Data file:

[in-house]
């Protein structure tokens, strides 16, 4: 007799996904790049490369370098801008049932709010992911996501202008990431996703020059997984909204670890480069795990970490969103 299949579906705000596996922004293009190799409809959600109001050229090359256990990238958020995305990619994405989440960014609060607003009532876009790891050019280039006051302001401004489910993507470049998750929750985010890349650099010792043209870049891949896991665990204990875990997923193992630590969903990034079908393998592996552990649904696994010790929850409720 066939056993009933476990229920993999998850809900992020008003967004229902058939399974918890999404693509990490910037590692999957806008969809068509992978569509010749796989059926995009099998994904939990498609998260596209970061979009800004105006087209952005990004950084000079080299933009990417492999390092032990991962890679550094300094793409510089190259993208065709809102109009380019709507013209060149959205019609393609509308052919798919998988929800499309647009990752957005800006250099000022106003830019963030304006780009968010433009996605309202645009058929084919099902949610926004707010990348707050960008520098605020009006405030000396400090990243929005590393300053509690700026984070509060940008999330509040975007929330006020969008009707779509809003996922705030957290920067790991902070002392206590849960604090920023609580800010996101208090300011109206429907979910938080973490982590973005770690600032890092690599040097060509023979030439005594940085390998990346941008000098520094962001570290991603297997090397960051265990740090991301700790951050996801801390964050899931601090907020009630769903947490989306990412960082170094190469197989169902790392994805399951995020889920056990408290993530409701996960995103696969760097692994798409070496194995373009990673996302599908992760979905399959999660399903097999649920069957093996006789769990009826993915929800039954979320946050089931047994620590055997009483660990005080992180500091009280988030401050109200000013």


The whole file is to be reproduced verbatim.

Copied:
[in-house]
């Protein structure tokens, strides 16, 4: 007799996904790049490369370098801008049932709010992911996501202008990431996703020059997984909204670890480069795990970490969103 299949579906705000596996922004293009190799409809959600109001050229090359256990990238958020995305990619994405989440960014609060607003009532876009790891050019280039006051302001401004489910993507470049998750929750985010890349650099010792043209870049891949896991665990204990875990997923193992630590969903990034079908393998592996552990649904696994010790929850409720 066939056993009933476990229920993999998850809900992020008003967004229902058939399974918890999404693509990490910037590692999957806008969809068509992978569509010749796989059926995009099998994904939990498609998260596209970061979009800004105006087209952005990004950084000079080299933009990417492999390092032990991962890679550094300094793409510089190259993208065709809102109009380019709507013209060149959205019609393609509308052919798919998988929800499309647009990752957005800006250099000022106003830019963030304006780009968010433009996605309202645009058929084919099902949610926004707010990348707050960008520098605020009006405030000396400090990243929005590393300053509690700026984070509060940008999330509040975007929330006020969008009707779509809003996922705030957290920067790991902070002392206590849960604090920023609580800010996101208090300011109206429907979910938080973490982590973005770690600032890092690599040097060509023979030439005594940085390998990346941008000098520094962001570290991603297997090397960051265990740090991301700790951050996801801390964050899931601090907020009630769903947490989306990412960082170094190469197989169902790392994805399951995020889920056990408290993530409701996960995103696969760097692994798409070496194995373009990673996302599908992760979905399959999660399903097999649920069957093996006789769990009826993915929800039954979320946050089931047994620590055997009483660990005080992180500091009280988030401050109200000013």